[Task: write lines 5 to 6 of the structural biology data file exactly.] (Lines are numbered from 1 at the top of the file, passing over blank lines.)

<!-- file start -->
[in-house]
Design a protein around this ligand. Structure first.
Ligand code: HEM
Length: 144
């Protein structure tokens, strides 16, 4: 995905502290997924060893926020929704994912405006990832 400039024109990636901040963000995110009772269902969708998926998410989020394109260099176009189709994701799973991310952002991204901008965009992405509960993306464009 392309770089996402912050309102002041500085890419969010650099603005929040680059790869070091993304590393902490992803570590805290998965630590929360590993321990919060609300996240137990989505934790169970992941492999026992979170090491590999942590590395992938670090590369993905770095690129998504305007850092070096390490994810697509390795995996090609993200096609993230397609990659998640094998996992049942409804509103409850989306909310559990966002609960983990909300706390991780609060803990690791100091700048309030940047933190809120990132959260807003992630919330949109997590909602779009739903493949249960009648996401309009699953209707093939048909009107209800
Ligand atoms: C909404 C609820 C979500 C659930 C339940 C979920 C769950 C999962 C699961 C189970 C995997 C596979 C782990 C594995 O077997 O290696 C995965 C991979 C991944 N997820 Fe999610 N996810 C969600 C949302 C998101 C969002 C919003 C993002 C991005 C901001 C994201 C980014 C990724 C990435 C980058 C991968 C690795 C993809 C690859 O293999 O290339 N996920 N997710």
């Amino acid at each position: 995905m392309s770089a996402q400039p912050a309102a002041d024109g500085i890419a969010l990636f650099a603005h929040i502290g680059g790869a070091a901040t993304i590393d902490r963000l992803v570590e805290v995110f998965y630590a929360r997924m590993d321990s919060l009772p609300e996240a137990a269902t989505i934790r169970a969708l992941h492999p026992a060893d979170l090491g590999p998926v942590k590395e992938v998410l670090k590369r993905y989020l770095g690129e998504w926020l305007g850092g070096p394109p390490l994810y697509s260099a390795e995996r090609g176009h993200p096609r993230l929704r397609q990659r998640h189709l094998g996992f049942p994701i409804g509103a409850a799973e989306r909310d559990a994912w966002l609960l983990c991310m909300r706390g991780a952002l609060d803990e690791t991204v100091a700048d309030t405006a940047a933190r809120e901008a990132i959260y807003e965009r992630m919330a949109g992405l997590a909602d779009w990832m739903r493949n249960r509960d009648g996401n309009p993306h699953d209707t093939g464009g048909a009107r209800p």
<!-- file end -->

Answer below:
């Protein structure tokens, strides 16, 4: 995905502290997924060893926020929704994912405006990832 400039024109990636901040963000995110009772269902969708998926998410989020394109260099176009189709994701799973991310952002991204901008965009992405509960993306464009 392309770089996402912050309102002041500085890419969010650099603005929040680059790869070091993304590393902490992803570590805290998965630590929360590993321990919060609300996240137990989505934790169970992941492999026992979170090491590999942590590395992938670090590369993905770095690129998504305007850092070096390490994810697509390795995996090609993200096609993230397609990659998640094998996992049942409804509103409850989306909310559990966002609960983990909300706390991780609060803990690791100091700048309030940047933190809120990132959260807003992630919330949109997590909602779009739903493949249960009648996401309009699953209707093939048909009107209800
Ligand atoms: C909404 C609820 C979500 C659930 C339940 C979920 C769950 C999962 C699961 C189970 C995997 C596979 C782990 C594995 O077997 O290696 C995965 C991979 C991944 N997820 Fe999610 N996810 C969600 C949302 C998101 C969002 C919003 C993002 C991005 C901001 C994201 C980014 C990724 C990435 C980058 C991968 C690795 C993809 C690859 O293999 O290339 N996920 N997710």